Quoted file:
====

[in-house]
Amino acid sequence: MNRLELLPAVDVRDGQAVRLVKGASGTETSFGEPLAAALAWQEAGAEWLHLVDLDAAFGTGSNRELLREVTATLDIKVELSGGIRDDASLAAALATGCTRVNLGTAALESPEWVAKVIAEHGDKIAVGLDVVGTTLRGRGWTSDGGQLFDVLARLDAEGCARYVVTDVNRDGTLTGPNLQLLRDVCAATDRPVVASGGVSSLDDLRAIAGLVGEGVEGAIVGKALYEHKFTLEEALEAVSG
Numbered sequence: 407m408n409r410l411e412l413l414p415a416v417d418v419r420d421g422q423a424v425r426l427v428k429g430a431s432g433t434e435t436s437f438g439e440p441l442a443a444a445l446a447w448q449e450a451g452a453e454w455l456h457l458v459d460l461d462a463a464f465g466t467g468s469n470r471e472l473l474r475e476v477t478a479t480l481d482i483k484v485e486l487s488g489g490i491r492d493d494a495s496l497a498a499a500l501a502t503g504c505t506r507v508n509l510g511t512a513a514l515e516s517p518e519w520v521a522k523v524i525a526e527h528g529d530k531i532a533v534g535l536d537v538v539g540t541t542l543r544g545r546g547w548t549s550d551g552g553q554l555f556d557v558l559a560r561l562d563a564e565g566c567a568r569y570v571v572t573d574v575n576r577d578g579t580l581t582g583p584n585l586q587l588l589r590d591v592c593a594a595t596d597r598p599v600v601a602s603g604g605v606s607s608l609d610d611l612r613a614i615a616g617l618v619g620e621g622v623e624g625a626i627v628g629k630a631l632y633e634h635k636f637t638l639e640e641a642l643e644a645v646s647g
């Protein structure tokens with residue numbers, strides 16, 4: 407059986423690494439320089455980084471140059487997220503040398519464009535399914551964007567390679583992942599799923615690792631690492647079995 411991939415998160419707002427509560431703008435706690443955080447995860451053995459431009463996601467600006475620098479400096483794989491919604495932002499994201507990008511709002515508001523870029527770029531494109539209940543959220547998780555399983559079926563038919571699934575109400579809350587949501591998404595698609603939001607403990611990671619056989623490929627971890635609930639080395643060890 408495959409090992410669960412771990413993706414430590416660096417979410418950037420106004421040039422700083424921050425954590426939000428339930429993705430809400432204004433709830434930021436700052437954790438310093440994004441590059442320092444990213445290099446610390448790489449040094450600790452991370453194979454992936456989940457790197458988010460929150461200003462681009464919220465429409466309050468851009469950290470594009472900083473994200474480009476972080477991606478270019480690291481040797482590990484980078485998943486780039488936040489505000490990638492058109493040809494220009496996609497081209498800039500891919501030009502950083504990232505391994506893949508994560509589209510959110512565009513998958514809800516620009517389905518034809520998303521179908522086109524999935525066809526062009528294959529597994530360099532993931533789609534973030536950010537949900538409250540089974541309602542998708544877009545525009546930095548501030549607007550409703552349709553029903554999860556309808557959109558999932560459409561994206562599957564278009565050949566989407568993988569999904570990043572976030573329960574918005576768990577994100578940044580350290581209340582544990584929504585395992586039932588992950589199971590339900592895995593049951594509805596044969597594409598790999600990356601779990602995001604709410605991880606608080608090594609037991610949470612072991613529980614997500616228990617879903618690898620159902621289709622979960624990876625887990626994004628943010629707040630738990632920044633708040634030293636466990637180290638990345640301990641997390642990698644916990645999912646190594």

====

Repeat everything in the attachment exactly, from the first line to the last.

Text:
[in-house]
Amino acid sequence: MNRLELLPAVDVRDGQAVRLVKGASGTETSFGEPLAAALAWQEAGAEWLHLVDLDAAFGTGSNRELLREVTATLDIKVELSGGIRDDASLAAALATGCTRVNLGTAALESPEWVAKVIAEHGDKIAVGLDVVGTTLRGRGWTSDGGQLFDVLARLDAEGCARYVVTDVNRDGTLTGPNLQLLRDVCAATDRPVVASGGVSSLDDLRAIAGLVGEGVEGAIVGKALYEHKFTLEEALEAVSG
Numbered sequence: 407m408n409r410l411e412l413l414p415a416v417d418v419r420d421g422q423a424v425r426l427v428k429g430a431s432g433t434e435t436s437f438g439e440p441l442a443a444a445l446a447w448q449e450a451g452a453e454w455l456h457l458v459d460l461d462a463a464f465g466t467g468s469n470r471e472l473l474r475e476v477t478a479t480l481d482i483k484v485e486l487s488g489g490i491r492d493d494a495s496l497a498a499a500l501a502t503g504c505t506r507v508n509l510g511t512a513a514l515e516s517p518e519w520v521a522k523v524i525a526e527h528g529d530k531i532a533v534g535l536d537v538v539g540t541t542l543r544g545r546g547w548t549s550d551g552g553q554l555f556d557v558l559a560r561l562d563a564e565g566c567a568r569y570v571v572t573d574v575n576r577d578g579t580l581t582g583p584n585l586q587l588l589r590d591v592c593a594a595t596d597r598p599v600v601a602s603g604g605v606s607s608l609d610d611l612r613a614i615a616g617l618v619g620e621g622v623e624g625a626i627v628g629k630a631l632y633e634h635k636f637t638l639e640e641a642l643e644a645v646s647g
């Protein structure tokens with residue numbers, strides 16, 4: 407059986423690494439320089455980084471140059487997220503040398519464009535399914551964007567390679583992942599799923615690792631690492647079995 411991939415998160419707002427509560431703008435706690443955080447995860451053995459431009463996601467600006475620098479400096483794989491919604495932002499994201507990008511709002515508001523870029527770029531494109539209940543959220547998780555399983559079926563038919571699934575109400579809350587949501591998404595698609603939001607403990611990671619056989623490929627971890635609930639080395643060890 408495959409090992410669960412771990413993706414430590416660096417979410418950037420106004421040039422700083424921050425954590426939000428339930429993705430809400432204004433709830434930021436700052437954790438310093440994004441590059442320092444990213445290099446610390448790489449040094450600790452991370453194979454992936456989940457790197458988010460929150461200003462681009464919220465429409466309050468851009469950290470594009472900083473994200474480009476972080477991606478270019480690291481040797482590990484980078485998943486780039488936040489505000490990638492058109493040809494220009496996609497081209498800039500891919501030009502950083504990232505391994506893949508994560509589209510959110512565009513998958514809800516620009517389905518034809520998303521179908522086109524999935525066809526062009528294959529597994530360099532993931533789609534973030536950010537949900538409250540089974541309602542998708544877009545525009546930095548501030549607007550409703552349709553029903554999860556309808557959109558999932560459409561994206562599957564278009565050949566989407568993988569999904570990043572976030573329960574918005576768990577994100578940044580350290581209340582544990584929504585395992586039932588992950589199971590339900592895995593049951594509805596044969597594409598790999600990356601779990602995001604709410605991880606608080608090594609037991610949470612072991613529980614997500616228990617879903618690898620159902621289709622979960624990876625887990626994004628943010629707040630738990632920044633708040634030293636466990637180290638990345640301990641997390642990698644916990645999912646190594």